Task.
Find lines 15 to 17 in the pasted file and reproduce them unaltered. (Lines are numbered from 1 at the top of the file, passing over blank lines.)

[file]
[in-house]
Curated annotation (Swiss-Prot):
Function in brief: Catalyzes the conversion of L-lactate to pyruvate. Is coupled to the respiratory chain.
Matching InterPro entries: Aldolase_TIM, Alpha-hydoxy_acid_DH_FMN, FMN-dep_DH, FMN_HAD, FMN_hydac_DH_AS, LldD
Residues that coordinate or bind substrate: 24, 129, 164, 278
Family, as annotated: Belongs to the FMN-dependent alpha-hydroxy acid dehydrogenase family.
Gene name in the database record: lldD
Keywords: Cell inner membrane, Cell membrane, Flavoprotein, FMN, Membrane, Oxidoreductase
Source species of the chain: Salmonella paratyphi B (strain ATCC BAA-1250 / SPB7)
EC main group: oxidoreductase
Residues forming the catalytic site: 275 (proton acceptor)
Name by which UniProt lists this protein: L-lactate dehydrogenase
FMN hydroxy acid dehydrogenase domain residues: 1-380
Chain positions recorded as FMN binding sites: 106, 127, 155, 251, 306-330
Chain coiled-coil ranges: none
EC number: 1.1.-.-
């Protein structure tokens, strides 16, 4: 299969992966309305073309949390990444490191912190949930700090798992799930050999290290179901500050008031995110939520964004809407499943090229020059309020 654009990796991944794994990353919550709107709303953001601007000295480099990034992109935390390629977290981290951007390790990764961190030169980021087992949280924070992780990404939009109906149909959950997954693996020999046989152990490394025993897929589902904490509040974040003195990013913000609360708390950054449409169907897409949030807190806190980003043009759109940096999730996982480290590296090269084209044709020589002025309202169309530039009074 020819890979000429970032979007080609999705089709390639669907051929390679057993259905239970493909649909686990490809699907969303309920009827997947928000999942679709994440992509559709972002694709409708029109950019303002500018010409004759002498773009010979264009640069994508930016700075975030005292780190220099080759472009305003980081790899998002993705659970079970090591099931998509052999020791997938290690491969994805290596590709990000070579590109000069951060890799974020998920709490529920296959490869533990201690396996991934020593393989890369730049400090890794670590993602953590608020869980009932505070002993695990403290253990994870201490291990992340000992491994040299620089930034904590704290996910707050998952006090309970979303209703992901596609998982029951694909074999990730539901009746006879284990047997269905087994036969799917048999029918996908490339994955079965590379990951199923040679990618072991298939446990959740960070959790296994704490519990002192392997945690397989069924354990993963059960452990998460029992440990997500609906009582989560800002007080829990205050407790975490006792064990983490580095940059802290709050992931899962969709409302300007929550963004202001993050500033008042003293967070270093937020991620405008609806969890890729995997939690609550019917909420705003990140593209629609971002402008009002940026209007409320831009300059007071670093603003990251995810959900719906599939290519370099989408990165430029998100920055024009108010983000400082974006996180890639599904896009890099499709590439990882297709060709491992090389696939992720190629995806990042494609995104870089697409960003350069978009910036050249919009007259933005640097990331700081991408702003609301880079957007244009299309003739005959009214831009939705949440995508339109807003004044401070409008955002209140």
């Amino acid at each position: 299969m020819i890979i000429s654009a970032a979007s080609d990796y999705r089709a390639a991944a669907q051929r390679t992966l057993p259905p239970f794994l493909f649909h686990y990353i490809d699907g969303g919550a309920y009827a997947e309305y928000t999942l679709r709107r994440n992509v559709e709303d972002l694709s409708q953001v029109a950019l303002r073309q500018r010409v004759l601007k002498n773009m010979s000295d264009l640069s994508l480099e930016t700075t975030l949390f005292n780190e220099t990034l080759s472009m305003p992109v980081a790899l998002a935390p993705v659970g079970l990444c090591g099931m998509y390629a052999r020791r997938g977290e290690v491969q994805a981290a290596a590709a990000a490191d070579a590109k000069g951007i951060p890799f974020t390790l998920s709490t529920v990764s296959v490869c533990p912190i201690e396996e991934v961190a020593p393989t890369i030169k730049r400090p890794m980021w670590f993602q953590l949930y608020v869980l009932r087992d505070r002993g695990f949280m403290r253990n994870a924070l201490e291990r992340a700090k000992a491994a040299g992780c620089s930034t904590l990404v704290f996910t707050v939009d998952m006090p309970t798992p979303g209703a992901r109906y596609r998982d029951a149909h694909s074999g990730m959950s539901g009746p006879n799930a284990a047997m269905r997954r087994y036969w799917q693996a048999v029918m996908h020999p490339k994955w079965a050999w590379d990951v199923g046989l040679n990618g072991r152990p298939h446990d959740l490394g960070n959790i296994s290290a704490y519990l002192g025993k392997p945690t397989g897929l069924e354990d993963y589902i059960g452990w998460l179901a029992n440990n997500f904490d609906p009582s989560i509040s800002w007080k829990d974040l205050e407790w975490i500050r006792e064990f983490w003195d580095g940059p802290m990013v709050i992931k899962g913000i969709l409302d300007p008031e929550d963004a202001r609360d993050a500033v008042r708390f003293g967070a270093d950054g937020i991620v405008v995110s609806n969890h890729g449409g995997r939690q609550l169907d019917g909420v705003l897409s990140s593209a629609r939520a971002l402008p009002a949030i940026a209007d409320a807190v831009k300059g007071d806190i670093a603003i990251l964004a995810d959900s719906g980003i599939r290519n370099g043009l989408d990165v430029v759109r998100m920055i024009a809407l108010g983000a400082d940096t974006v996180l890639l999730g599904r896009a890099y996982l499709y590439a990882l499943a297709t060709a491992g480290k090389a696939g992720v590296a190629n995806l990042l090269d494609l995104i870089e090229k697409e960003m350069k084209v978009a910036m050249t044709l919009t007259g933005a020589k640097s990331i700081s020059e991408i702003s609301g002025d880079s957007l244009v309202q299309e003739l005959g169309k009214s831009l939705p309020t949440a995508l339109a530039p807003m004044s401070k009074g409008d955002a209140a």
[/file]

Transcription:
Chain coiled-coil ranges: none
EC number: 1.1.-.-
């Protein structure tokens, strides 16, 4: 299969992966309305073309949390990444490191912190949930700090798992799930050999290290179901500050008031995110939520964004809407499943090229020059309020 654009990796991944794994990353919550709107709303953001601007000295480099990034992109935390390629977290981290951007390790990764961190030169980021087992949280924070992780990404939009109906149909959950997954693996020999046989152990490394025993897929589902904490509040974040003195990013913000609360708390950054449409169907897409949030807190806190980003043009759109940096999730996982480290590296090269084209044709020589002025309202169309530039009074 020819890979000429970032979007080609999705089709390639669907051929390679057993259905239970493909649909686990490809699907969303309920009827997947928000999942679709994440992509559709972002694709409708029109950019303002500018010409004759002498773009010979264009640069994508930016700075975030005292780190220099080759472009305003980081790899998002993705659970079970090591099931998509052999020791997938290690491969994805290596590709990000070579590109000069951060890799974020998920709490529920296959490869533990201690396996991934020593393989890369730049400090890794670590993602953590608020869980009932505070002993695990403290253990994870201490291990992340000992491994040299620089930034904590704290996910707050998952006090309970979303209703992901596609998982029951694909074999990730539901009746006879284990047997269905087994036969799917048999029918996908490339994955079965590379990951199923040679990618072991298939446990959740960070959790296994704490519990002192392997945690397989069924354990993963059960452990998460029992440990997500609906009582989560800002007080829990205050407790975490006792064990983490580095940059802290709050992931899962969709409302300007929550963004202001993050500033008042003293967070270093937020991620405008609806969890890729995997939690609550019917909420705003990140593209629609971002402008009002940026209007409320831009300059007071670093603003990251995810959900719906599939290519370099989408990165430029998100920055024009108010983000400082974006996180890639599904896009890099499709590439990882297709060709491992090389696939992720190629995806990042494609995104870089697409960003350069978009910036050249919009007259933005640097990331700081991408702003609301880079957007244009299309003739005959009214831009939705949440995508339109807003004044401070409008955002209140």